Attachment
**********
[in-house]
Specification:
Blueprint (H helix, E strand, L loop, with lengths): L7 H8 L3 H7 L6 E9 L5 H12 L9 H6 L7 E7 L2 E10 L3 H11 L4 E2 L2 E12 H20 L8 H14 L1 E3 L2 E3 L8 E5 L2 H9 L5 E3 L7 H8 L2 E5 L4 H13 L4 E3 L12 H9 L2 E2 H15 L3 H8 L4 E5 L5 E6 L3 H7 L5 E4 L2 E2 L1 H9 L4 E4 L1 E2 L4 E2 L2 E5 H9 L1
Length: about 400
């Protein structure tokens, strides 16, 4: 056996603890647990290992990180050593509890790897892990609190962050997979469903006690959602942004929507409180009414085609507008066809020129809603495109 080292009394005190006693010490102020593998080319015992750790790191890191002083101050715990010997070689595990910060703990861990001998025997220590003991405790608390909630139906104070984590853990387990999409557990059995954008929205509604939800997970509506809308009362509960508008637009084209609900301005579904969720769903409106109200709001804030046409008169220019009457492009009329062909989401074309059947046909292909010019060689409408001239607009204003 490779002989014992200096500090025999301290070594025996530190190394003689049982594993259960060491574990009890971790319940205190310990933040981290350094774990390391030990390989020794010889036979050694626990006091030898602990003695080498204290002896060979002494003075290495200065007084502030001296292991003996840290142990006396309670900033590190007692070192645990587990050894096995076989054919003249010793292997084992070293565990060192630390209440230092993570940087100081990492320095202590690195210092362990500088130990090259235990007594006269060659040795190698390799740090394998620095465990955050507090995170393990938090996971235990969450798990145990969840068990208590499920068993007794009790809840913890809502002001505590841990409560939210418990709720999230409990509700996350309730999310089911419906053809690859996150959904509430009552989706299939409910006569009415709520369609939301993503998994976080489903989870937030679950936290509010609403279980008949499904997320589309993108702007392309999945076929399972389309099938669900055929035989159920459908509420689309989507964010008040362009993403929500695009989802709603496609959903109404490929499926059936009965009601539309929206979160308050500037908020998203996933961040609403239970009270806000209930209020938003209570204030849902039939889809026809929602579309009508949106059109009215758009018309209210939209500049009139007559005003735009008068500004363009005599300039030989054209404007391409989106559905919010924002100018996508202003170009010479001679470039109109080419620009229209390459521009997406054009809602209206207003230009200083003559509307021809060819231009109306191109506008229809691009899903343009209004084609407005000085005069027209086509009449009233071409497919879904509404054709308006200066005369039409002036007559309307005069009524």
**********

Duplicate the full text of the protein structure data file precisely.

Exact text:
[in-house]
Specification:
Blueprint (H helix, E strand, L loop, with lengths): L7 H8 L3 H7 L6 E9 L5 H12 L9 H6 L7 E7 L2 E10 L3 H11 L4 E2 L2 E12 H20 L8 H14 L1 E3 L2 E3 L8 E5 L2 H9 L5 E3 L7 H8 L2 E5 L4 H13 L4 E3 L12 H9 L2 E2 H15 L3 H8 L4 E5 L5 E6 L3 H7 L5 E4 L2 E2 L1 H9 L4 E4 L1 E2 L4 E2 L2 E5 H9 L1
Length: about 400
């Protein structure tokens, strides 16, 4: 056996603890647990290992990180050593509890790897892990609190962050997979469903006690959602942004929507409180009414085609507008066809020129809603495109 080292009394005190006693010490102020593998080319015992750790790191890191002083101050715990010997070689595990910060703990861990001998025997220590003991405790608390909630139906104070984590853990387990999409557990059995954008929205509604939800997970509506809308009362509960508008637009084209609900301005579904969720769903409106109200709001804030046409008169220019009457492009009329062909989401074309059947046909292909010019060689409408001239607009204003 490779002989014992200096500090025999301290070594025996530190190394003689049982594993259960060491574990009890971790319940205190310990933040981290350094774990390391030990390989020794010889036979050694626990006091030898602990003695080498204290002896060979002494003075290495200065007084502030001296292991003996840290142990006396309670900033590190007692070192645990587990050894096995076989054919003249010793292997084992070293565990060192630390209440230092993570940087100081990492320095202590690195210092362990500088130990090259235990007594006269060659040795190698390799740090394998620095465990955050507090995170393990938090996971235990969450798990145990969840068990208590499920068993007794009790809840913890809502002001505590841990409560939210418990709720999230409990509700996350309730999310089911419906053809690859996150959904509430009552989706299939409910006569009415709520369609939301993503998994976080489903989870937030679950936290509010609403279980008949499904997320589309993108702007392309999945076929399972389309099938669900055929035989159920459908509420689309989507964010008040362009993403929500695009989802709603496609959903109404490929499926059936009965009601539309929206979160308050500037908020998203996933961040609403239970009270806000209930209020938003209570204030849902039939889809026809929602579309009508949106059109009215758009018309209210939209500049009139007559005003735009008068500004363009005599300039030989054209404007391409989106559905919010924002100018996508202003170009010479001679470039109109080419620009229209390459521009997406054009809602209206207003230009200083003559509307021809060819231009109306191109506008229809691009899903343009209004084609407005000085005069027209086509009449009233071409497919879904509404054709308006200066005369039409002036007559309307005069009524």